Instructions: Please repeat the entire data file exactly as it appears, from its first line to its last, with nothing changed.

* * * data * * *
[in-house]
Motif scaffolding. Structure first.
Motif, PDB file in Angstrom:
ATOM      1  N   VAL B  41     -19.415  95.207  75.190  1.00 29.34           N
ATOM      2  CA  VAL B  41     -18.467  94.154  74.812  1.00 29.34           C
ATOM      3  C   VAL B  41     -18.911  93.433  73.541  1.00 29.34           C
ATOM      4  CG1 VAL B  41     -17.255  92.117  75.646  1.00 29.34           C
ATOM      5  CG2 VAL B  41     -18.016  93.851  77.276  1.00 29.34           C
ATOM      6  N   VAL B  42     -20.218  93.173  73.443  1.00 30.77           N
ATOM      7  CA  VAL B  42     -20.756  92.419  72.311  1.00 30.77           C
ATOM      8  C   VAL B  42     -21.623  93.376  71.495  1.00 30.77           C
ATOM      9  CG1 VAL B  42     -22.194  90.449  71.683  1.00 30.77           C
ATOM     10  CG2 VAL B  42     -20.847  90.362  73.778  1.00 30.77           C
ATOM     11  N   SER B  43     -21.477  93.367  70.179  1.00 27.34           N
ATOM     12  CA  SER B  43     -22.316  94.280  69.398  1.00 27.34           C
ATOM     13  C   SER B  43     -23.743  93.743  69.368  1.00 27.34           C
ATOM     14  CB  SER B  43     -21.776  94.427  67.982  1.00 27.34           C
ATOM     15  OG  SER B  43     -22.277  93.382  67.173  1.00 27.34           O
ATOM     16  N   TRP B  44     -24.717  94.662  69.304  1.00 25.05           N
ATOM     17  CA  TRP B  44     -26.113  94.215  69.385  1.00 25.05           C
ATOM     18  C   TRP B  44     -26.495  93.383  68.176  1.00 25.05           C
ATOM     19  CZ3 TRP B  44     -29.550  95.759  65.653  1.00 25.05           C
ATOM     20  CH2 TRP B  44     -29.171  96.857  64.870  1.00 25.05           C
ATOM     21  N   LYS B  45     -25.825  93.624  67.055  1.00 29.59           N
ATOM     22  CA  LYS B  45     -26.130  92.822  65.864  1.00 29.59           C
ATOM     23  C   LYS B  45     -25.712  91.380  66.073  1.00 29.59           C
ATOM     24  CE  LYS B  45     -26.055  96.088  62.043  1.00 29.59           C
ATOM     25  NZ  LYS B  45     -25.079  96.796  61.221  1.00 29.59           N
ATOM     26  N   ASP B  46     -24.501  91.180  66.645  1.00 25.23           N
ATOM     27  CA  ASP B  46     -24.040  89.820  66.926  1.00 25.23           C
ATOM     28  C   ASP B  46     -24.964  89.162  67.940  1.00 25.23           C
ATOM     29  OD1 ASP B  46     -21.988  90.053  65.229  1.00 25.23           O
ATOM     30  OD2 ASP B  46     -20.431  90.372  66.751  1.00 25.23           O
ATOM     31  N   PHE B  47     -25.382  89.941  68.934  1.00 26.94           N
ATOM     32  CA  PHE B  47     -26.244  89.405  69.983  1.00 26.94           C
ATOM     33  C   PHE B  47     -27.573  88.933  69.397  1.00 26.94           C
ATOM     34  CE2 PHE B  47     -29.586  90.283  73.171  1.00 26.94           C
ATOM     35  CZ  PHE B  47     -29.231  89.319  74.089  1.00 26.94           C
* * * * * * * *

[in-house]
Motif scaffolding. Structure first.
Motif, PDB file in Angstrom:
ATOM      1  N   VAL B  41     -19.415  95.207  75.190  1.00 29.34           N
ATOM      2  CA  VAL B  41     -18.467  94.154  74.812  1.00 29.34           C
ATOM      3  C   VAL B  41     -18.911  93.433  73.541  1.00 29.34           C
ATOM      4  CG1 VAL B  41     -17.255  92.117  75.646  1.00 29.34           C
ATOM      5  CG2 VAL B  41     -18.016  93.851  77.276  1.00 29.34           C
ATOM      6  N   VAL B  42     -20.218  93.173  73.443  1.00 30.77           N
ATOM      7  CA  VAL B  42     -20.756  92.419  72.311  1.00 30.77           C
ATOM      8  C   VAL B  42     -21.623  93.376  71.495  1.00 30.77           C
ATOM      9  CG1 VAL B  42     -22.194  90.449  71.683  1.00 30.77           C
ATOM     10  CG2 VAL B  42     -20.847  90.362  73.778  1.00 30.77           C
ATOM     11  N   SER B  43     -21.477  93.367  70.179  1.00 27.34           N
ATOM     12  CA  SER B  43     -22.316  94.280  69.398  1.00 27.34           C
ATOM     13  C   SER B  43     -23.743  93.743  69.368  1.00 27.34           C
ATOM     14  CB  SER B  43     -21.776  94.427  67.982  1.00 27.34           C
ATOM     15  OG  SER B  43     -22.277  93.382  67.173  1.00 27.34           O
ATOM     16  N   TRP B  44     -24.717  94.662  69.304  1.00 25.05           N
ATOM     17  CA  TRP B  44     -26.113  94.215  69.385  1.00 25.05           C
ATOM     18  C   TRP B  44     -26.495  93.383  68.176  1.00 25.05           C
ATOM     19  CZ3 TRP B  44     -29.550  95.759  65.653  1.00 25.05           C
ATOM     20  CH2 TRP B  44     -29.171  96.857  64.870  1.00 25.05           C
ATOM     21  N   LYS B  45     -25.825  93.624  67.055  1.00 29.59           N
ATOM     22  CA  LYS B  45     -26.130  92.822  65.864  1.00 29.59           C
ATOM     23  C   LYS B  45     -25.712  91.380  66.073  1.00 29.59           C
ATOM     24  CE  LYS B  45     -26.055  96.088  62.043  1.00 29.59           C
ATOM     25  NZ  LYS B  45     -25.079  96.796  61.221  1.00 29.59           N
ATOM     26  N   ASP B  46     -24.501  91.180  66.645  1.00 25.23           N
ATOM     27  CA  ASP B  46     -24.040  89.820  66.926  1.00 25.23           C
ATOM     28  C   ASP B  46     -24.964  89.162  67.940  1.00 25.23           C
ATOM     29  OD1 ASP B  46     -21.988  90.053  65.229  1.00 25.23           O
ATOM     30  OD2 ASP B  46     -20.431  90.372  66.751  1.00 25.23           O
ATOM     31  N   PHE B  47     -25.382  89.941  68.934  1.00 26.94           N
ATOM     32  CA  PHE B  47     -26.244  89.405  69.983  1.00 26.94           C
ATOM     33  C   PHE B  47     -27.573  88.933  69.397  1.00 26.94           C
ATOM     34  CE2 PHE B  47     -29.586  90.283  73.171  1.00 26.94           C
ATOM     35  CZ  PHE B  47     -29.231  89.319  74.089  1.00 26.94           C